Description A Greek or Roman army driving back a fleeing cavalry of turbaned fighters in a rocky landscape could suggest various conflicts to a 17th-century audience; however, the prominent horseman in the foreground wears the type of extravagant, fanciful helmet associated with the Macedonian ruler and general Alexander the Great (356-323 BCE), conqueror of Asia from the Aegean Sea to India and Afghanistan as well as Greece and Egypt. Prints and paintings of his exploits were popular and validated Europeans’ sense of destiny in seeking dominion over other cultures. Most Europeans did not know what India or Afghanistan looked like, so any vaguely rugged or challenging setting was suitable. The artist is best known for his paintings of battle scenes and is thought to have trained under the painter and printmaker Antonio Tempesta (1555-1630) whose print series on Roman military history contributed to the developing taste for battle scenes. The use of a copper plate for a support contributed to a smooth, enamel-like surface that not only made small detail easier to see, it encouraged the sense of such small cabinet paintings as luxury objects. For another example of the use of copper for this purpose, see 37.383.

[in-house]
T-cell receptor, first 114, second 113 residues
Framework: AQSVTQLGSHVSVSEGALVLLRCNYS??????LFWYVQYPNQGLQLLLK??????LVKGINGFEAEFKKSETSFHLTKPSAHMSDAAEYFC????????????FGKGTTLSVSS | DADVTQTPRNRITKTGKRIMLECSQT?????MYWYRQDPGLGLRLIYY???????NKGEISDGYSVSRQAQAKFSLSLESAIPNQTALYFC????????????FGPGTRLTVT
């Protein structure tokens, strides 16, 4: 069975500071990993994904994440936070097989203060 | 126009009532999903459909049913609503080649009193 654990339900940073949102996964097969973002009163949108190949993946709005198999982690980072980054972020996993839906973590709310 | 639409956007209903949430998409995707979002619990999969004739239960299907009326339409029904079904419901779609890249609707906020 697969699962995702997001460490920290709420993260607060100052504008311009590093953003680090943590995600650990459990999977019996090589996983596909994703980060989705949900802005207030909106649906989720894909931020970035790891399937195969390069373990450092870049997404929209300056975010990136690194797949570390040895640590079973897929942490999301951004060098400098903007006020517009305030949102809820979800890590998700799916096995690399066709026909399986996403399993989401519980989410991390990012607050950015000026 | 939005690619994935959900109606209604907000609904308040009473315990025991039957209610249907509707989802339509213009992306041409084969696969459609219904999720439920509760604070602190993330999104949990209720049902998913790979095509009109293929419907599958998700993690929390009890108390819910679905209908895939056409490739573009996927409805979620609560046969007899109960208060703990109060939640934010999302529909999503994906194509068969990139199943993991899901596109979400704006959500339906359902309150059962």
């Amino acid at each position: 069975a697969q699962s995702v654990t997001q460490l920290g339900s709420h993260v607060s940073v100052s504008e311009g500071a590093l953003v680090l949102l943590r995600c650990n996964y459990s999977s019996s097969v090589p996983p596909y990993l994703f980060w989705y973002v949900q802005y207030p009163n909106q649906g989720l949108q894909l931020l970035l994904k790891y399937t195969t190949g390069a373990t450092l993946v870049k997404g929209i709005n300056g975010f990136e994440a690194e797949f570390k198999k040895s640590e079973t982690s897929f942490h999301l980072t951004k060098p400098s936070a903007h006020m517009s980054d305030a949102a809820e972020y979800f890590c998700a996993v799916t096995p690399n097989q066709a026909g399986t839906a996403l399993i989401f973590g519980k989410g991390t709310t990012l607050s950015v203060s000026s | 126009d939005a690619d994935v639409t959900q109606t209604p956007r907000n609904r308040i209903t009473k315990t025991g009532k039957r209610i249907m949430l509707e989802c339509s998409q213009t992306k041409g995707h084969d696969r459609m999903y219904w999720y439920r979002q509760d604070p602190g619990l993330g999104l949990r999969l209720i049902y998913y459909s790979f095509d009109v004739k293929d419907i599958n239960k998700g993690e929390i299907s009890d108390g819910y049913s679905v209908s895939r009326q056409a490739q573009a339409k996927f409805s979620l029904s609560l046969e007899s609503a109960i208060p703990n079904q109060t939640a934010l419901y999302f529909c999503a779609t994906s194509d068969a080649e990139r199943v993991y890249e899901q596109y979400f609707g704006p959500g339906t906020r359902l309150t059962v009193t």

|12/31/1969||Examination||examined for condition|
|1/06/1943||Treatment||inpainted; other; varnish removed or reduced|
|4/01/1990||Treatment||other; varnish removed or reduced|
|6/30/1990||Examination||examined for condition|
- World of Wonder. The Walters Art Gallery, Baltimore. 1971-1972.
Provenance Don Marcello Massarenti Collection, Rome [date and mode of acquisition unknown] [1897 catalogue: no. 623, as Elsheimer]; Henry Walters, Baltimore, 1902, by purchase; Walters Art Museum, 1931, by bequest.
Credit Acquired by Henry Walters with the Massarenti Collection, 1902
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